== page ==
It is advisable that men choose a male therapist for several reasons. Since part of the problem is due to defensive detachment from men, a male therapist is in a better position than a woman to help you work through some of the developmental blocks you had with your father or with other men. A male therapist is also in a better position to help you understand other men and guide you into relationships with them. If your therapy experience is successful, the intimate relationship you develop with your therapist will be healing in itself and will encourage you to develop relationships with other men.

You may contact Evergreen International to get a recommendation on a therapist who fits the descriptions above. There may also be a local LDS Family Services office near you. Click here for a list of offices.

Since therapy is a major investment of time and money, be sure that your therapist will be able to provide you the help you need. Discuss with him how he will approach therapy with you. Talk about your value system and what you expect from therapy. Don't hesitate to talk with him about the finances involved and be sure they fit within your budget. Your medical insurance may cover some of the visits.

The therapeutic process

Part of the therapeutic process will be to explore the past. Joe Dallas writes that "we can learn from the past and thus improve the present." Further, "the past helps us to understand the present. And what we understand, we can deal with."2 This process was helpful to me and I recommend it. However, I suggest four cautions:

Don't blame the past for your situation and assume the role of a victim who has no control over the present. No matter how painful the past has been, you cannot avoid responsibility for what you do in the present. Your goal now is to try to understand the causes of your struggle to learn what you can do to resolve them.

Watch out for invented memories. There is a tendency to invent past experiences to explain the present. If you read that certain childhood experiences can cause certain reactions, you may come to believe that those things happened to you in your childhood. You may reinterpret or skew the past or even invent in your mind events that never happened, all in an effort to make sense of the present.

Not finding all the answers in the past does not mean you can't resolve the present. At one point during my therapy I was trying to understand why I developed certain feelings during grade school. My therapist gave me an assignment to go back to my elementary school and spend an hour walking around the playground and try to recreate the feelings I had during a certain event. I did as he suggested, but never found any clues. To this day, I don't understand why I reacted to the event the way I did. Although I didn't find any clues to the present, I don't let that bother me. The past doesn't need to be completely explainable.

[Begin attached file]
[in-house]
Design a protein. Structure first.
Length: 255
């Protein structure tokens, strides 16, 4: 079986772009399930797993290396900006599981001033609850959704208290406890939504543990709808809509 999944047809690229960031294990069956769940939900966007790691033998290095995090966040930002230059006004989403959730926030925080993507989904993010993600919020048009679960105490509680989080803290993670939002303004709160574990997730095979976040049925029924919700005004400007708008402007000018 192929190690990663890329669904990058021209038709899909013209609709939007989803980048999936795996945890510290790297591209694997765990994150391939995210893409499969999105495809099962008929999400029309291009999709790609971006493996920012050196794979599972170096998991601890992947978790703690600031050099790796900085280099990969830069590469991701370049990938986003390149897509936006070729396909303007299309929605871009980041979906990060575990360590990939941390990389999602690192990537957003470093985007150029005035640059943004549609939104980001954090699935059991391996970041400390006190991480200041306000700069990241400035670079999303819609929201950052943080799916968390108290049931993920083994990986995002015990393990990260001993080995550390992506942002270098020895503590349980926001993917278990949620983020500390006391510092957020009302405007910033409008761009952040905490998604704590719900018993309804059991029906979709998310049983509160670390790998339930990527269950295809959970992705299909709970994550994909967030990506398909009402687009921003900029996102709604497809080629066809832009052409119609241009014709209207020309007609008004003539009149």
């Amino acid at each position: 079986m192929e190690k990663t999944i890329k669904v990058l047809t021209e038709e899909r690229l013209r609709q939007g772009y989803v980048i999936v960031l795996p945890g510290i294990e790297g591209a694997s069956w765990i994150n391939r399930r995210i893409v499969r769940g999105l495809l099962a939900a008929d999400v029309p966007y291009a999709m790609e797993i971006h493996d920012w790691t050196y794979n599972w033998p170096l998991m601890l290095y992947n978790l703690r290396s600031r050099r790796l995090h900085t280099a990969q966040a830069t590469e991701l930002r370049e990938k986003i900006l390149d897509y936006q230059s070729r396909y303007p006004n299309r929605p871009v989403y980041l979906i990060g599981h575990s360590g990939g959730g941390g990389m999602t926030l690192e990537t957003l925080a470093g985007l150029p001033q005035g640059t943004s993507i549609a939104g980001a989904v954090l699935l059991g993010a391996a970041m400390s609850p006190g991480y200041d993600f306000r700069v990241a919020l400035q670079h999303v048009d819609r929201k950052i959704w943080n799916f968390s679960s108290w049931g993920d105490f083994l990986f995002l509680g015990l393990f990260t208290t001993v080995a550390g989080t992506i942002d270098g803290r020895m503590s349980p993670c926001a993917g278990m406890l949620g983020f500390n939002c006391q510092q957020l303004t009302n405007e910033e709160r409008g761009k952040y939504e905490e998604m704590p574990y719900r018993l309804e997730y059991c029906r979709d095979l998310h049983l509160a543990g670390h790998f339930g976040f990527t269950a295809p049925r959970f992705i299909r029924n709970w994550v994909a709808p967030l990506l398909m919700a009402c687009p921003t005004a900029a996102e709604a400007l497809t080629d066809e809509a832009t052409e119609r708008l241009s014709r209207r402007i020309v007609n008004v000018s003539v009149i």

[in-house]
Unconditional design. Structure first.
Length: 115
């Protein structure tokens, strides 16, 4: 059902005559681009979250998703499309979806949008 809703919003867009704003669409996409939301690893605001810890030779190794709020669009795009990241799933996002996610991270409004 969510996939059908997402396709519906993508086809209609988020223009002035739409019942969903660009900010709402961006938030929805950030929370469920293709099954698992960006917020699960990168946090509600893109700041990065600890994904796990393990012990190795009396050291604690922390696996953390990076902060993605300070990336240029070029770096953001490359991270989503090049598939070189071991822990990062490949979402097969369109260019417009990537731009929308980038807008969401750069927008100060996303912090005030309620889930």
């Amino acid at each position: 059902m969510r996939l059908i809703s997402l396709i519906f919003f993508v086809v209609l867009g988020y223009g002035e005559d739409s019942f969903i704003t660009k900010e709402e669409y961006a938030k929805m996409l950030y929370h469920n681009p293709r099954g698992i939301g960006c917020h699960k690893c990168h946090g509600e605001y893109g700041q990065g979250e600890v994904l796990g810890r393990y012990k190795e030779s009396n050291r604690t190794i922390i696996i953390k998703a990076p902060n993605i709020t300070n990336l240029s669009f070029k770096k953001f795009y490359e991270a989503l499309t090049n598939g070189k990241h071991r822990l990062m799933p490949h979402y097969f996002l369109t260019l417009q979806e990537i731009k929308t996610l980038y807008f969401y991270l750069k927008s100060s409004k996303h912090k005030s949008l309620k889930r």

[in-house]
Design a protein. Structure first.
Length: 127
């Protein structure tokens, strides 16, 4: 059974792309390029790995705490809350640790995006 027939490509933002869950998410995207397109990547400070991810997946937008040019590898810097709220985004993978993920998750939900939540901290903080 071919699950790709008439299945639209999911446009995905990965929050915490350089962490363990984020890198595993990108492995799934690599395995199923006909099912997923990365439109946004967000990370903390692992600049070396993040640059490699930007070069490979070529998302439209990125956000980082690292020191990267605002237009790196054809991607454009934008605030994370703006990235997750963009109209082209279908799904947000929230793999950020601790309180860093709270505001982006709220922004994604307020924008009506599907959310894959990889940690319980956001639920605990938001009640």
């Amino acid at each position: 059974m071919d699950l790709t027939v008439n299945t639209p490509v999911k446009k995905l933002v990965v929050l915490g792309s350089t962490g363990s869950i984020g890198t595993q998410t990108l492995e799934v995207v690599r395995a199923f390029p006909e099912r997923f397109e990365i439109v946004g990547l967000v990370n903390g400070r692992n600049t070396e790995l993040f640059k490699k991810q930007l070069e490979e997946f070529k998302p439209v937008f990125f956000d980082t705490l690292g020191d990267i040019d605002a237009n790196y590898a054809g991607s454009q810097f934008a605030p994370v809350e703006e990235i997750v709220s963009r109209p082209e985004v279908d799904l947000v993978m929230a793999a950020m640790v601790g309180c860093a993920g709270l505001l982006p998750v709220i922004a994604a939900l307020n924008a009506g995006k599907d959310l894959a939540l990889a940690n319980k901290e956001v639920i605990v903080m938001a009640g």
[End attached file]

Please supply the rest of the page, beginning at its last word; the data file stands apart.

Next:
Don't concentrate on the past to the exclusion of the present. Although the past may hold keys to help you understand the present, concentrate the majority of your time on your current feelings, actions, plans, failures, and successes. The past is only valuable inasmuch as it helps deal with the present. The extent to which the past is important depends on the level of trauma in the past. If you have not suffered abuse, you may not need to spend much time dealing with the past. If you have been abused, you may need to grieve and resolve past trauma.

If therapy is not available to you

If you cannot afford therapy or if there is not a good therapist available, you can still benefit by reading carefully-selected self-help books, journaling, and trying to analyze your life. Set up a plan of action and follow through on that plan. Look at your life as though you are watching a video tape and identify the things you want to change, then make specific assignments to yourself to develop relationships and do things to build your self-image. You can be accountable to God through prayer, to yourself by using your journal, and to a friend in person or by telephone, letters, or e-mail. However, be careful not to let e-mail, letters, or even the telephone replace face-to-face contact with other men because this personal interaction is critical.

Individual therapy

A trained therapist can guide you through your personal growth process. He is your personal counselor to help you put all the pieces of the puzzle together. He can help you see how to integrate your personal study, spiritual growth, support groups, personal relationships, and behavior modification. He can help you see in an objective way how to keep your life in balance. He can be your mentor and your confidant.

Individual therapy is an essential part of the process for most men who resolve their same-sex attractions. Although it will not take care of all your needs, it can give direction to all your activities. For example, if you also participate in a sports program, group therapy, support group, or a community men's group, your therapist can help you see how all these pieces fit together and help you keep them in balance.